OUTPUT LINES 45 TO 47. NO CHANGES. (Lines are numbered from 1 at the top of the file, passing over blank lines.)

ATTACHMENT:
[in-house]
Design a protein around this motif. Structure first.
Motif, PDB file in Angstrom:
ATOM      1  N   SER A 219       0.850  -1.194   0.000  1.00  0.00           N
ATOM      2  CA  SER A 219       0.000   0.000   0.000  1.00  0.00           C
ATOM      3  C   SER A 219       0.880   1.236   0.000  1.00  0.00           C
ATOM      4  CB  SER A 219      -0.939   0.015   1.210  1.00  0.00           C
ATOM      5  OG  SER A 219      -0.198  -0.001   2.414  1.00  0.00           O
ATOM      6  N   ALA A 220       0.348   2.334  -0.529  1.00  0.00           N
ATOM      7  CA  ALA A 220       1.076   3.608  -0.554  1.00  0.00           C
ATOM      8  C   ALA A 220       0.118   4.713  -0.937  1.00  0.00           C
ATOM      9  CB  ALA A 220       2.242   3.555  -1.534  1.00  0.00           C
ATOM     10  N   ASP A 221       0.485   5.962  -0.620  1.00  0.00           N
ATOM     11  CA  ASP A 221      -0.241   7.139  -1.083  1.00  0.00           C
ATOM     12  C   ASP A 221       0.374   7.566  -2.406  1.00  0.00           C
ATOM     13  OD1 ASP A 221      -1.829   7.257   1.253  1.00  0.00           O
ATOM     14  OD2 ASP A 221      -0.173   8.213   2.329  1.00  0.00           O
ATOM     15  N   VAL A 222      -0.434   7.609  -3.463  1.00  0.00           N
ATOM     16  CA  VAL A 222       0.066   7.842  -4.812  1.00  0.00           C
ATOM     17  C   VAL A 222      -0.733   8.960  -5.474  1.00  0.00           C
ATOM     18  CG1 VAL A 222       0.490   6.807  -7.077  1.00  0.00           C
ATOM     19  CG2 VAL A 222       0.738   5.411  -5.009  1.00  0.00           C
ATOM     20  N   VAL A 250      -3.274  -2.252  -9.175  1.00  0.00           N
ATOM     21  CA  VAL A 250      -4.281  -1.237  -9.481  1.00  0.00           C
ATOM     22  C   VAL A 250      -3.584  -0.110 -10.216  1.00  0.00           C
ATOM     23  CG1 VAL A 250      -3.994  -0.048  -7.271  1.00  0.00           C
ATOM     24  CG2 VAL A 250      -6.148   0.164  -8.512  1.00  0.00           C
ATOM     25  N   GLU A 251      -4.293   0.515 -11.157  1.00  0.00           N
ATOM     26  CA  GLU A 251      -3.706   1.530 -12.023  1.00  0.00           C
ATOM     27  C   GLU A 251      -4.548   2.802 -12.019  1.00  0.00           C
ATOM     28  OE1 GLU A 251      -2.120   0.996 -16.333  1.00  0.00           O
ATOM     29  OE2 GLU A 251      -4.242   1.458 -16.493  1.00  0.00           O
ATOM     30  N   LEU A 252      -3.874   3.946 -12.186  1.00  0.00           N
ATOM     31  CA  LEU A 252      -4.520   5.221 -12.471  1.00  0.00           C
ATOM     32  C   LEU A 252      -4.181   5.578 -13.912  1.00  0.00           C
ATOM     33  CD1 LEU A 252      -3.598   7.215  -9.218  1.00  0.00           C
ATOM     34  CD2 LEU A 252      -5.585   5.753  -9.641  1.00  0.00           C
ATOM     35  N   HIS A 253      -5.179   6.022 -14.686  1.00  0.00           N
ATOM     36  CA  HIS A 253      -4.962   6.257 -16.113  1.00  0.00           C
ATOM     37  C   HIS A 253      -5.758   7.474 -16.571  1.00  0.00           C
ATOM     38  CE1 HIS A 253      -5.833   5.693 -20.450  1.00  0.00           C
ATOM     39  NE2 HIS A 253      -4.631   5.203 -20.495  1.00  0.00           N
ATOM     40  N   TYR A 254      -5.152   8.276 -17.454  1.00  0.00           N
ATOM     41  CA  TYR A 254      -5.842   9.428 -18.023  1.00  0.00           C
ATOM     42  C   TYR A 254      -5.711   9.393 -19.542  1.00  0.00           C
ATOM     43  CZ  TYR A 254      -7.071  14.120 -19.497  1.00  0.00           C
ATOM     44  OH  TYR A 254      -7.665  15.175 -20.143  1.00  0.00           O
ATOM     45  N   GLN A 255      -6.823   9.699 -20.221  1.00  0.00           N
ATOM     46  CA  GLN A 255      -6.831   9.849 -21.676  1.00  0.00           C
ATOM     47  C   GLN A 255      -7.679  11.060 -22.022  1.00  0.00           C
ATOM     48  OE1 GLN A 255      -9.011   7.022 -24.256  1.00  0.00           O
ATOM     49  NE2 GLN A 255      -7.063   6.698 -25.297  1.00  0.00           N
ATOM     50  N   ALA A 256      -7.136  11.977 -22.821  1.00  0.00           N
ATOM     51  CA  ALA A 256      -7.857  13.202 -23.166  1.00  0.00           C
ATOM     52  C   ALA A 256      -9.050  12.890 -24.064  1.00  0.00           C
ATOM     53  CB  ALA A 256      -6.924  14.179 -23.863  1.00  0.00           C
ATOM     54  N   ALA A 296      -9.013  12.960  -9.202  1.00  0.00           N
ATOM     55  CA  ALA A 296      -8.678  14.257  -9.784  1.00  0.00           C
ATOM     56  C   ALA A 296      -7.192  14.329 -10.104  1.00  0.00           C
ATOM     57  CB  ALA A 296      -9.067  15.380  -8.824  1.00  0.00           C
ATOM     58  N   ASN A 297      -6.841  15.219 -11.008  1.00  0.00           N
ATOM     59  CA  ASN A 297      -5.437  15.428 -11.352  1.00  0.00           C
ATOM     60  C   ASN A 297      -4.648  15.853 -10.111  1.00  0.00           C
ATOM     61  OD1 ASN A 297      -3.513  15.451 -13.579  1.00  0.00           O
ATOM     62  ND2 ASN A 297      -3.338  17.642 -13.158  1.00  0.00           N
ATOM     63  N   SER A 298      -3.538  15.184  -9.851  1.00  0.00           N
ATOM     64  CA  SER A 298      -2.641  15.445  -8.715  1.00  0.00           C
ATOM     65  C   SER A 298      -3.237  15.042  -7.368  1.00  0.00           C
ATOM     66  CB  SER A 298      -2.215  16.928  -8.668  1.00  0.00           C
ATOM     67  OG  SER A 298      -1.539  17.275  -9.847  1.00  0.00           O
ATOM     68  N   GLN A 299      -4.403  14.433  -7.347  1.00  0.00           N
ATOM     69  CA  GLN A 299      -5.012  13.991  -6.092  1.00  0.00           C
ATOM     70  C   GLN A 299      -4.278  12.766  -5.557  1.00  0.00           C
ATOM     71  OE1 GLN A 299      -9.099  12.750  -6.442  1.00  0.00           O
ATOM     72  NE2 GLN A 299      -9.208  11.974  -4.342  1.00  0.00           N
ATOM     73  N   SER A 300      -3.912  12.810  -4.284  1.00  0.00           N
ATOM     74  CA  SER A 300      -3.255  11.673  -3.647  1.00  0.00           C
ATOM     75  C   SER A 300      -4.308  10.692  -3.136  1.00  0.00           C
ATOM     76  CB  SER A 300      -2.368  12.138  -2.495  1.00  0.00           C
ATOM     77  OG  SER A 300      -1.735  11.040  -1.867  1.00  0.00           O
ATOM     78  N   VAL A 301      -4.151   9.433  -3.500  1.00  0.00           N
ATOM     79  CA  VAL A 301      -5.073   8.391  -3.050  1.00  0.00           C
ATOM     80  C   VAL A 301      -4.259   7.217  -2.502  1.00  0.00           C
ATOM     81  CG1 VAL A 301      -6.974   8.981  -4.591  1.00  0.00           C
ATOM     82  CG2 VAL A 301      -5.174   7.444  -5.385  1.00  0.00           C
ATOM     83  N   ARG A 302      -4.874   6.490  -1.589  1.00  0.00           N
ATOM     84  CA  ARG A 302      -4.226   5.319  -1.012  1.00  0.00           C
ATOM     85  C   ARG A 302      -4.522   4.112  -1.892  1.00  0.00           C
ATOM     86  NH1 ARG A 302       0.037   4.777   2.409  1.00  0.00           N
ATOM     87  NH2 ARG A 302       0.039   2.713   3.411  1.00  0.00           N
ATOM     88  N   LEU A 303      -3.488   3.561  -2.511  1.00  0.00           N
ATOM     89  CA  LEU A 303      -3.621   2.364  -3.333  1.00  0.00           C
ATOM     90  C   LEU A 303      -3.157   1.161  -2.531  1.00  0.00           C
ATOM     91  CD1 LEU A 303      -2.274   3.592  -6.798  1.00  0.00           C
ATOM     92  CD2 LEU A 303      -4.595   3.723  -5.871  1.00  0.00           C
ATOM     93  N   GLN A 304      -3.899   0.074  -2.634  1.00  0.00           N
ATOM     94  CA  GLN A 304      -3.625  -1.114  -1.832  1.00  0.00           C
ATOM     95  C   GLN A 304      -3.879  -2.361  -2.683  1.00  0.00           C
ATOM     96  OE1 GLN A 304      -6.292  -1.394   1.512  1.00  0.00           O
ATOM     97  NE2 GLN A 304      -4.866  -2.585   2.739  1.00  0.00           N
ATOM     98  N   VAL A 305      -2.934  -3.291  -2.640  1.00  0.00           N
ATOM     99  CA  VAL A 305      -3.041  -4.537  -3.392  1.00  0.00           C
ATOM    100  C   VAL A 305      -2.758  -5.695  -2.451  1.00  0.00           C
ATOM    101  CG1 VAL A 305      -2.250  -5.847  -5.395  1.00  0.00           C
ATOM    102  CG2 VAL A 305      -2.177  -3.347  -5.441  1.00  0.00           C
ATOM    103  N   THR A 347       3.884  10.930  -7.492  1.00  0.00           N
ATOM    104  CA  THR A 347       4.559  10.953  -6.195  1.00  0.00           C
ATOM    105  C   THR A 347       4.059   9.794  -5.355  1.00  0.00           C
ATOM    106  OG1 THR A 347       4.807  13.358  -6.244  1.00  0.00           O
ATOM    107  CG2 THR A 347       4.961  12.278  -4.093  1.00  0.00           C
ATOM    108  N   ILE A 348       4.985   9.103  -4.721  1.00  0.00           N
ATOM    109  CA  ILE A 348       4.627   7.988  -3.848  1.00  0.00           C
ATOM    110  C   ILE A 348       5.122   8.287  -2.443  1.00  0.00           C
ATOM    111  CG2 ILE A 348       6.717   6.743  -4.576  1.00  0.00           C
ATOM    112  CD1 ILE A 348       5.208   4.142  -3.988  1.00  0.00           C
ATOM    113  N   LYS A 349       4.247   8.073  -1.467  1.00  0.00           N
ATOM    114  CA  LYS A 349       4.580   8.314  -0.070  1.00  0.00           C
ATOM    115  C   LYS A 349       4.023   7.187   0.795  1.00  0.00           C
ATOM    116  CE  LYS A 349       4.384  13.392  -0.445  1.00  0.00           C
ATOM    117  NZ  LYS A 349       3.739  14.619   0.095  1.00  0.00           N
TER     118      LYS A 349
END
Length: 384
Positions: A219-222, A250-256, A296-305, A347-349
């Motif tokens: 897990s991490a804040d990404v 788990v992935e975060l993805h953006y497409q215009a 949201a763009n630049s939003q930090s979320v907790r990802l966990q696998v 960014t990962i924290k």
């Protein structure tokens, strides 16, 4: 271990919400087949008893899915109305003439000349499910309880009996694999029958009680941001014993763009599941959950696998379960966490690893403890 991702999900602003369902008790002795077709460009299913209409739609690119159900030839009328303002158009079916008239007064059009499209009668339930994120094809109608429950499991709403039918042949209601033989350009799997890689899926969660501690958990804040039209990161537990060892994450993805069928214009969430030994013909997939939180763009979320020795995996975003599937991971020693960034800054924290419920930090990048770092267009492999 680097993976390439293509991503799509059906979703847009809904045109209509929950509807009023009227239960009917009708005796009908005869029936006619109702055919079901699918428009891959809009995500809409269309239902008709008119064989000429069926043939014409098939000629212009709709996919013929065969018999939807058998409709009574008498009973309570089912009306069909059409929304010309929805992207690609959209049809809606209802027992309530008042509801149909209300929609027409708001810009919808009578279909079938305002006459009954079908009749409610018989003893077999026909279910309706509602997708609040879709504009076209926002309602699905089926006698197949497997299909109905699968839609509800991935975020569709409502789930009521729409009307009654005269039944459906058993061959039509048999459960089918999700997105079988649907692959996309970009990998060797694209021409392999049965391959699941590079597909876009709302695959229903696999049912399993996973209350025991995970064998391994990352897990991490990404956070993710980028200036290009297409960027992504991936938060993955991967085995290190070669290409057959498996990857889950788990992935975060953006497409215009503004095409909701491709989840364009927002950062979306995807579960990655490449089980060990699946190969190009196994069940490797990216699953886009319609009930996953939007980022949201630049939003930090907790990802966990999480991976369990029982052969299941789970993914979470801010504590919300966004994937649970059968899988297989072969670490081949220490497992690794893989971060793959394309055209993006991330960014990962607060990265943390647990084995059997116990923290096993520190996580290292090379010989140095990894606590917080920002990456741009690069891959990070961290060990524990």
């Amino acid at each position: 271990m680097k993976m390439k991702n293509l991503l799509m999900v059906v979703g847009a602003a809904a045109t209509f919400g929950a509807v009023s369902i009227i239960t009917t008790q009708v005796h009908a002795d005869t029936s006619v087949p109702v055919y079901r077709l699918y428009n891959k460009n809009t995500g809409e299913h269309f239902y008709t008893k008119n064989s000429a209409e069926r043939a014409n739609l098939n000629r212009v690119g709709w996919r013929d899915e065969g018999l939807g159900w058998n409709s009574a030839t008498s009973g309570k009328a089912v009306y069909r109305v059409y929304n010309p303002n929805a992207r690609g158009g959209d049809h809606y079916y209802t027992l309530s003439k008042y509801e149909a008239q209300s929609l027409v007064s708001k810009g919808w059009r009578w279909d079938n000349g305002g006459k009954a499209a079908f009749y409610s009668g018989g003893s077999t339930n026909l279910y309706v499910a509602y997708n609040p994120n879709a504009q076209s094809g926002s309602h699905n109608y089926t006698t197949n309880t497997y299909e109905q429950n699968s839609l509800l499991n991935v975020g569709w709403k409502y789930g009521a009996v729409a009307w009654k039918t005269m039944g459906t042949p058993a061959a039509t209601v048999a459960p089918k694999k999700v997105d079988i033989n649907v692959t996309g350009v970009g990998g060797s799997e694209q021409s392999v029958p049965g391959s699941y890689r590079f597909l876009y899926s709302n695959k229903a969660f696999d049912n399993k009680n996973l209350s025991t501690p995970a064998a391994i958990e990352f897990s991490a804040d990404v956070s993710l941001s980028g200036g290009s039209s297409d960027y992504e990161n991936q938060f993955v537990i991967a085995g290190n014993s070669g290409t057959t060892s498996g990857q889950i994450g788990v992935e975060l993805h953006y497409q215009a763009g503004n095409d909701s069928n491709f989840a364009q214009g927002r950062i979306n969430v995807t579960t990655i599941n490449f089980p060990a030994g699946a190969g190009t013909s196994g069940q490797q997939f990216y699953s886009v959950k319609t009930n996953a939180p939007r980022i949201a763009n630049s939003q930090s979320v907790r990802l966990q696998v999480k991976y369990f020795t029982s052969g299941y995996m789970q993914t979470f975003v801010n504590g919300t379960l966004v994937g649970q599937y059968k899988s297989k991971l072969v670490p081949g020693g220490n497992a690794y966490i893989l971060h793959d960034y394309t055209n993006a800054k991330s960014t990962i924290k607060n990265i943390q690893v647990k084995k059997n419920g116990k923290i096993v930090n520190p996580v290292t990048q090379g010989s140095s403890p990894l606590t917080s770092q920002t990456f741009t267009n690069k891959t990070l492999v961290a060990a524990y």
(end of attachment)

ATOM     42  C   TYR A 254      -5.711   9.393 -19.542  1.00  0.00           C
ATOM     43  CZ  TYR A 254      -7.071  14.120 -19.497  1.00  0.00           C
ATOM     44  OH  TYR A 254      -7.665  15.175 -20.143  1.00  0.00           O